TikTok users — especially young people — are increasingly treating the app like a search engine to find everything from nearby restaurants to news. TikTok search results are, in turn, reflecting that shift.
We noticed this week that the app had quietly added Wikipedia snippets to some search result pages for people, places, and events. I found Wikipedia links within search results for The New York Times, Taylor Swift, and Thanksgiving, among others.
TikTok spokesperson Zachary Kizer confirmed to The Verge that the company is partnering with Wikipedia to bring information to users directly in-app. Kizer says the feature has been live for a few months, but it doesn’t appear the company formally announced it or that media had reported it previously.
The Wikipedia feature appears as users scroll down through in-app search results and is sandwiched between relevant videos. Clicking on the snippet takes a user directly to Wikipedia; links at the bottom of the snippet jump to different sections of the Wikipedia entry.
But Wikipedia entries don’t appear consistently — there’s a snippet for New York and Los Angeles, but not Chicago. A search for the New York Mets surfaces a Wikipedia entry for the Mets 2015 season specifically. TikTok users have also stumbled upon snippets in languages including Russian. Kizer didn’t specify which search terms get Wikipedia links or how that’s being decided.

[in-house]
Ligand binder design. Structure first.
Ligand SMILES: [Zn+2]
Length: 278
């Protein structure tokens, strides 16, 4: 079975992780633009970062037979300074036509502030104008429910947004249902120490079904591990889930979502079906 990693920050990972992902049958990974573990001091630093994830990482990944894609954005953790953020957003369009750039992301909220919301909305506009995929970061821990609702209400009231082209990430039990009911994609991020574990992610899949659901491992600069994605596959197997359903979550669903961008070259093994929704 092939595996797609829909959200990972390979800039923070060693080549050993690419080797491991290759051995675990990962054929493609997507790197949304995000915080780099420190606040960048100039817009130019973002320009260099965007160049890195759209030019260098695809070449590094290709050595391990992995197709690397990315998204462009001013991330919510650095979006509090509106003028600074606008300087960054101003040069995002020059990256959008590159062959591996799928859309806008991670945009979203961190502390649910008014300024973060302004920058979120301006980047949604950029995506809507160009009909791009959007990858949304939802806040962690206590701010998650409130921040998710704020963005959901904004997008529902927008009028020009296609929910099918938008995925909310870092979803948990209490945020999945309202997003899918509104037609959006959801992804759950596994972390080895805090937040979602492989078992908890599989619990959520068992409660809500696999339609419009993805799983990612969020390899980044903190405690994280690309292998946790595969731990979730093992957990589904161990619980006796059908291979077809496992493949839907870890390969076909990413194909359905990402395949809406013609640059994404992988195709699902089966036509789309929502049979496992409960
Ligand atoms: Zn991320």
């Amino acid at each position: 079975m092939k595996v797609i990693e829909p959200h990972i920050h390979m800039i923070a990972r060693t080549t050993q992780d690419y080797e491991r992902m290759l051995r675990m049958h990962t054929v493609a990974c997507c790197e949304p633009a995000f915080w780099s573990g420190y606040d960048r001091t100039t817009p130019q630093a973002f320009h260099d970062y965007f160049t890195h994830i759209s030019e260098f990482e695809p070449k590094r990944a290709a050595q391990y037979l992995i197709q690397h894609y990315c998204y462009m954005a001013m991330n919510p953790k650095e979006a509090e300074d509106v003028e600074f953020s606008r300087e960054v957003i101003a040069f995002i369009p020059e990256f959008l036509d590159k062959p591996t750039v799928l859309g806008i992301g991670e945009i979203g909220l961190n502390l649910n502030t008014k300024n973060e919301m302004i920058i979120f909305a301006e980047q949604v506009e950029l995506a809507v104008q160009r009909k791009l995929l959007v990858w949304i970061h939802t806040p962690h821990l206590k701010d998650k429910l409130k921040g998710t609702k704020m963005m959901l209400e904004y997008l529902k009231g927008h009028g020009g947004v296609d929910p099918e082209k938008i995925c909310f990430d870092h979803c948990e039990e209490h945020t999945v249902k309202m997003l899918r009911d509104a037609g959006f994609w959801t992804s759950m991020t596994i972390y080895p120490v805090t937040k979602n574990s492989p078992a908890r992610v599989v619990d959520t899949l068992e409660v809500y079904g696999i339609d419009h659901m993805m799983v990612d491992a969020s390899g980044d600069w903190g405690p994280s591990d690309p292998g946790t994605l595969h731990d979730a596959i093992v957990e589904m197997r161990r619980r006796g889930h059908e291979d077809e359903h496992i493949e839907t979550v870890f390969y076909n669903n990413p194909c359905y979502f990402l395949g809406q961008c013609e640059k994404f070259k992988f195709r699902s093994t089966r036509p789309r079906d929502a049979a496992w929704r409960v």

TikTok has added other features to its search function, which is still much less robust than a traditional Google search. Last month, it began monetizing search results by placing sponsored content between organic videos. A partnership with IMDb announced earlier this year allows creators to link films and TV shows in their videos, and IMDb links and snippets also appear in some search results.
Google has acknowledged that TikTok and other platforms could be eating into its search dominance. Last year, Prabhakar Raghavan, the SVP in charge of search at Google, said “something like almost 40 percent of young people, when they are looking for a place for lunch, they don’t go to Google Maps or Search — they go to TikTok or Instagram.”